Stations of the Cross

Stations of the Cross: A Prosaic Response to John Ashbery’s Poem “The Ecclesiast”

The man left oilslick footprints, bright, then dark, mottled sometimes, variegated and unexpected. He was homeless certainly, under his burden of layered clothing and multiple grocery bags, followed by the rank decay of life. And yet, every step forward made a new color on the pavement.  He gave the impression of someone from an earlier time, a medieval peddler or Christ under the cross, no Simon to bear his burden.

He walked with a staggering gait, as if the unevenly distributed grocery bags pulled him constantly off balance. He passed a building full of children, and they were outside, drawing on the pavement. They tittered at his footprints and pointed. He crouched low in front of one of them, and nearly at once an adult swooped down to take her away.

She dropped her chalk. He took that and, working on all fours, began his own picture, just the tips of his toes leaving rainbow trails almost indistinguishable from the children’s art. The group fled from him, crowded around the teachers, and he took all the ways of writing for himself. They should have left, then, but they watched the man.

He crawled around and drew a giant sunflower, using whatever color he had on hand, without regard for appropriate proportions. And when he had finished, he said, “This is my manikin,” to no one at all, because the teachers and children had finally gone back inside, “My œcumenic and my truttaceous.” And then he ate the chalk he had used to write out his intentions. White powder and blue crusted down his matted beard while he went on consuming the meaning of his life.

A little boy came out of the building with his mother. They walked past the chalk-eating man towards the subway. They did not notice when the man crumbled and blew away in the breeze, like so much crushed stone.  Or that his footprints got up and walked on without him, zigzagging just as before, as if, having been once sent in motion, they could not then be stopped. The custodian came and hosed down the sunflower and the children’s art, but no matter how hard he tried, he could not make the footprints fade. The water ran down to the street, chasing those colorful aberrations, chastising them for their trespasses.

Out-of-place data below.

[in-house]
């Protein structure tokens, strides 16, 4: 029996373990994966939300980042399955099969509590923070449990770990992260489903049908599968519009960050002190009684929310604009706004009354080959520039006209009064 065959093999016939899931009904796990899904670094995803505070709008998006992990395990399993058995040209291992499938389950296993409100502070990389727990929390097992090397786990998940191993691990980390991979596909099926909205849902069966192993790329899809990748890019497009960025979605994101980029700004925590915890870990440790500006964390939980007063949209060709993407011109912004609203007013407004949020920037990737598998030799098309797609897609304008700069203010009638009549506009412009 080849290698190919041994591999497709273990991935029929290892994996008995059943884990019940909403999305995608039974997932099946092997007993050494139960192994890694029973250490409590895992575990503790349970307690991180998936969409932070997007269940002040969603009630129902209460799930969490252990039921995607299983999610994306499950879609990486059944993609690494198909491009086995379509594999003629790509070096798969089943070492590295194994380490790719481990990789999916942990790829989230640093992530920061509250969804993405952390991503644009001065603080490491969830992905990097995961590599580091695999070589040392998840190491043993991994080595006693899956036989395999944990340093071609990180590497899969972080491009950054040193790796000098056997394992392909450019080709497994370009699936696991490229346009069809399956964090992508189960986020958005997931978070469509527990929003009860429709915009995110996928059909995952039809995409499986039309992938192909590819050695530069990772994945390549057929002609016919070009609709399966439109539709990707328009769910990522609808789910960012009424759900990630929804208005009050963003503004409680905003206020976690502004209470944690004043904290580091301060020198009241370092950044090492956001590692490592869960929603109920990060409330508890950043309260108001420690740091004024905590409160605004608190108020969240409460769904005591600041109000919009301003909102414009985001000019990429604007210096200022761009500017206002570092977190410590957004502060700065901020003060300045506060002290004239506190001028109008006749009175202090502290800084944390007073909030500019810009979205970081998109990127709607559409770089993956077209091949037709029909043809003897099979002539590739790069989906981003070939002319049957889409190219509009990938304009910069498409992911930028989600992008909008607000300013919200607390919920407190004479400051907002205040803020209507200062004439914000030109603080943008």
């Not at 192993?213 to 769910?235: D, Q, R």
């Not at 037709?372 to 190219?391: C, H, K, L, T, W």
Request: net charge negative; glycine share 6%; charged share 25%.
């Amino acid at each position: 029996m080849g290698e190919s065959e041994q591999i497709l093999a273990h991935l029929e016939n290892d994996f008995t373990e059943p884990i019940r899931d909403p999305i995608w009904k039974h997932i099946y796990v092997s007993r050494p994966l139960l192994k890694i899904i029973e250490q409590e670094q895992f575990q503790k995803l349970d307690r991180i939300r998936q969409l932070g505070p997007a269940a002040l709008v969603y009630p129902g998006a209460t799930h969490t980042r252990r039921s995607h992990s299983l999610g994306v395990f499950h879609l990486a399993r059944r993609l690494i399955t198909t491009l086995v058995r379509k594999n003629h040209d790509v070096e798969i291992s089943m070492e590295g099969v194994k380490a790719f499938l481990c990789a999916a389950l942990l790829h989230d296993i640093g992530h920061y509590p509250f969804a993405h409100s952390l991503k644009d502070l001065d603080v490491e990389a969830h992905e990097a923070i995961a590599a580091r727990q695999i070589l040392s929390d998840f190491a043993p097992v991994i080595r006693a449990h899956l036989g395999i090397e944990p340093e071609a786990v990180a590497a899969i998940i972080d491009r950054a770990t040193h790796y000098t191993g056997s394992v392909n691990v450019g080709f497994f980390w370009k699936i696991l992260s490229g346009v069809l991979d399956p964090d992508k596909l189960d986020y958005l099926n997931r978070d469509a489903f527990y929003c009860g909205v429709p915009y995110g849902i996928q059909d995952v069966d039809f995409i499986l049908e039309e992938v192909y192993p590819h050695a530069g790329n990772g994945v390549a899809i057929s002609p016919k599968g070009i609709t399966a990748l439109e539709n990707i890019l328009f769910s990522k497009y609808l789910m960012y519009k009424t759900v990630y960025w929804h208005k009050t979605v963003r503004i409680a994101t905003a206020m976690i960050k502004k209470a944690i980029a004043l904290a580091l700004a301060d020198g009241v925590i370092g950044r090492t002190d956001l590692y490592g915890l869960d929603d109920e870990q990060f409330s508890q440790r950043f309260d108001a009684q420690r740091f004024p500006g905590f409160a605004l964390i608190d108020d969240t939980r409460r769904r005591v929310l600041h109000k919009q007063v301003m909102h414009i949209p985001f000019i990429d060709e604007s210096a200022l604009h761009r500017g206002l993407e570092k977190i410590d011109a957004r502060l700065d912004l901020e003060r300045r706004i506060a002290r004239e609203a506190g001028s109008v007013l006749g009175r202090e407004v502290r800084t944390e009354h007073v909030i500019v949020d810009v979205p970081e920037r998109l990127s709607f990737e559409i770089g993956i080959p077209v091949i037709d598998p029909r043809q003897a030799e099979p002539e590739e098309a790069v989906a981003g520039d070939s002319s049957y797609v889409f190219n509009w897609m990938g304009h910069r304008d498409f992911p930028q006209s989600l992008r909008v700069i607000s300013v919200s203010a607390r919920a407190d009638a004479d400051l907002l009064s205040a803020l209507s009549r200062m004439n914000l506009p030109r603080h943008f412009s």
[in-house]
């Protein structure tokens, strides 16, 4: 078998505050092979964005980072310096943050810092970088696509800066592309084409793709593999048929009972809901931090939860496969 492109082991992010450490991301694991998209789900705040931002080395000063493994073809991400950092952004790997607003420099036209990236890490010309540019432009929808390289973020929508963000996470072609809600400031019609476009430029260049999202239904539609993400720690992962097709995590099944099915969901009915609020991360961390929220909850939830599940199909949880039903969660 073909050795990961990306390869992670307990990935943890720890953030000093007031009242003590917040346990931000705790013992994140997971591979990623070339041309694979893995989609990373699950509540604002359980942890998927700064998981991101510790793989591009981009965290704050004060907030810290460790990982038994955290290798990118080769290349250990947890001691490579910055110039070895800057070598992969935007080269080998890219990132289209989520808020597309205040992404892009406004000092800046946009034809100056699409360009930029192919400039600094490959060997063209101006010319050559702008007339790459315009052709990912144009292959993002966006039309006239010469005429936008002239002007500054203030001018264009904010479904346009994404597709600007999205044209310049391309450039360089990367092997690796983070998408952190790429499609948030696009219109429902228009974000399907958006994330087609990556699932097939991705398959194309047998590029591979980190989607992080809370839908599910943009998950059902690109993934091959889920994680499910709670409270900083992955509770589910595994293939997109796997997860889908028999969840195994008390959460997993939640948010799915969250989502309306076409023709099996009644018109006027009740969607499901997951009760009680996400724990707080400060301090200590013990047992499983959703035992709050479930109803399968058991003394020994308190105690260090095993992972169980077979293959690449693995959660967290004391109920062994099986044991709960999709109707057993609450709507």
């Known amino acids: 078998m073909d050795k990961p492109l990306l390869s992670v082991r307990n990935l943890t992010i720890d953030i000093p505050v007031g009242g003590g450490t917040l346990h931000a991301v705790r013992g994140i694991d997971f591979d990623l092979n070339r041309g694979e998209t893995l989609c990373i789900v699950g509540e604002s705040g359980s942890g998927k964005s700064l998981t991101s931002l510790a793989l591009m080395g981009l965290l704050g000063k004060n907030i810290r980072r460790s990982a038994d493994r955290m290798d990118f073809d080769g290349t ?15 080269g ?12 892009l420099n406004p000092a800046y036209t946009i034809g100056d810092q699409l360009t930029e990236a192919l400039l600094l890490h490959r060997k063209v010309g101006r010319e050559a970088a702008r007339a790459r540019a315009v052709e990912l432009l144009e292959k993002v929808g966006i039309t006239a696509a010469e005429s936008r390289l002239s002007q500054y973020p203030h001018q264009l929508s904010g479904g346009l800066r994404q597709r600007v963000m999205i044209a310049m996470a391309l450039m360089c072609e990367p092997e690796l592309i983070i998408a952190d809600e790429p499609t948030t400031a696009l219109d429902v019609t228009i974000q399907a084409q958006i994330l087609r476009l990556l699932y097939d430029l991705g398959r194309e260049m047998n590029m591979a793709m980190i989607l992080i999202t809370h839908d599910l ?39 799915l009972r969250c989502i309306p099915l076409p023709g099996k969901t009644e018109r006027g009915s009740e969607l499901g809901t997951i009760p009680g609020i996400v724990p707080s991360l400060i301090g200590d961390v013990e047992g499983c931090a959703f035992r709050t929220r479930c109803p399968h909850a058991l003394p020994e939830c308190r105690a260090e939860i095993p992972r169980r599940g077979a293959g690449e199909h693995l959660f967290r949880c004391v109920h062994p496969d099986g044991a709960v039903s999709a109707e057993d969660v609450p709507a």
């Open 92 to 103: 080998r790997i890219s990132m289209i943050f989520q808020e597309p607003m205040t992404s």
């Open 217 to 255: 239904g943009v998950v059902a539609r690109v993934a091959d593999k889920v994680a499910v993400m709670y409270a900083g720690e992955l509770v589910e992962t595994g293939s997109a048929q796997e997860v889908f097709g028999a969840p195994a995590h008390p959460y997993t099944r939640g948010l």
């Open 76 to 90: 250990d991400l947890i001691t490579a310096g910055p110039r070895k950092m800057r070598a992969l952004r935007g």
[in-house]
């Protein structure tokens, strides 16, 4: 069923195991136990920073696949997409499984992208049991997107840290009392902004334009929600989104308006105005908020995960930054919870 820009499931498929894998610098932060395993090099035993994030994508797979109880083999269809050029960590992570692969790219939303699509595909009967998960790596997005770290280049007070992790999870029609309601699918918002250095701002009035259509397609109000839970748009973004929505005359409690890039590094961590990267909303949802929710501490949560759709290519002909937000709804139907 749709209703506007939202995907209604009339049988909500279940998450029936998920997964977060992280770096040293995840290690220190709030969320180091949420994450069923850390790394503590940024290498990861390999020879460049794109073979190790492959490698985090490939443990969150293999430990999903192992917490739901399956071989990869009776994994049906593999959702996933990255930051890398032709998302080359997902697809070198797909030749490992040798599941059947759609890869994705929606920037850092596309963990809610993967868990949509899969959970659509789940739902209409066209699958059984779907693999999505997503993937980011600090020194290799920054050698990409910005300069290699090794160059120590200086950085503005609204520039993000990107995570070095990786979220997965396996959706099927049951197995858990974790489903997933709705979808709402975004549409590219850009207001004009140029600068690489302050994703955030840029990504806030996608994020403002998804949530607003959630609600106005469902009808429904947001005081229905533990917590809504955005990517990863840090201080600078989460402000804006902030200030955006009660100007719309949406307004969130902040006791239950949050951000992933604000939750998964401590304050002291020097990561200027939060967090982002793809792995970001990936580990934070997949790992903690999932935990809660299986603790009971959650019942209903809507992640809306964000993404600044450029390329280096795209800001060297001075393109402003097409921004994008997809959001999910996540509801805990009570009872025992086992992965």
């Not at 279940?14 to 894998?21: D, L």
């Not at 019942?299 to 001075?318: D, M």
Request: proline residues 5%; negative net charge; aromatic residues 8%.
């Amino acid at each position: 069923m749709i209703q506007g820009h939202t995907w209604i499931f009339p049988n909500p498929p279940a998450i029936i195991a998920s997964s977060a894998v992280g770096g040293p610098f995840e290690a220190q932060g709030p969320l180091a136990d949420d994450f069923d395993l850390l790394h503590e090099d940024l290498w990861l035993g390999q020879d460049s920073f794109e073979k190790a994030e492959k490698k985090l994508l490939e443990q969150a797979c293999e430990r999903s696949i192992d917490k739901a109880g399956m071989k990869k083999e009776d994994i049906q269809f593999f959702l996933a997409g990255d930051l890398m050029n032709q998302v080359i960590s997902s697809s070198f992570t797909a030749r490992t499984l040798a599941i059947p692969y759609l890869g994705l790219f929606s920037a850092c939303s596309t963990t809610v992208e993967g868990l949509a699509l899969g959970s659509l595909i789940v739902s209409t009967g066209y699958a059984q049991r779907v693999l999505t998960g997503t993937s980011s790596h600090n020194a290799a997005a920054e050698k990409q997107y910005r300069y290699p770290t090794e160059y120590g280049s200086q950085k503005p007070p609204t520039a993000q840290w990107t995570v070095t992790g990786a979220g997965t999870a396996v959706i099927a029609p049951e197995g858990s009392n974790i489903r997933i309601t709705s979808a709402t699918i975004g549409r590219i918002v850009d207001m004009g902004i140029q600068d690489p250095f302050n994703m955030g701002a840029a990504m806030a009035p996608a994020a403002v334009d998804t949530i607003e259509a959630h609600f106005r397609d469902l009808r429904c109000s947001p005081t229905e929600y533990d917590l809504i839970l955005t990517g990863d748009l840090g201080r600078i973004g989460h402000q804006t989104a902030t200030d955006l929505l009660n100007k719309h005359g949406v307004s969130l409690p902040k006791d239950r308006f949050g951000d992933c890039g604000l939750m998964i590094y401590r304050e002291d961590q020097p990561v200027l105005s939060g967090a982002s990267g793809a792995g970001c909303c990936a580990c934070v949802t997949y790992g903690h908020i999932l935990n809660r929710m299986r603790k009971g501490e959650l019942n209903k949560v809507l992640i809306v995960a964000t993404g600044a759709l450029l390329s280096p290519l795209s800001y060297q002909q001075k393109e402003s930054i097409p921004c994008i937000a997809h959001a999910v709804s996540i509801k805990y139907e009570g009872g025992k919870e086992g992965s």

“And what to you am I?” the dead man cries. “Monsignor, will answer thee to me?”

Tired, the voice answers “You are as honey to the air.”

Then both of them blow away on the wind, the wind, the wind.

Somewhere, hear the jackhammer cackle. It is learning how to pray, how to speak a rosary of beaten exclamation points into the street. Steel on cement, it stamps out damnation, perdition on the guilty road that has watched the innocents bleed and the guilty run, that holds in all its secrets, refusing to tell, to tell.


A little girl sat on the steps with her mother. “I see the moon,” she said, “in the middle of the day.”

“That happens sometimes,” her mother agreed.

“It’s pale,” said the child, “like it forgot to paint itself into the sky.”

The mother added, “Or like it couldn’t be bothered.”

“Lazy moon,” the girl teased.

Then she got out her jump rope and went down to the sidewalk to skip and chant. A family came out of the building behind her mother, pouring down the steps together in white dresses, shirts, and ties, like they meant to climb up and color the moon. One pale child in this group wore blue, and she joined the jumproper, leaping easily into the first girl’s rhythm. They sang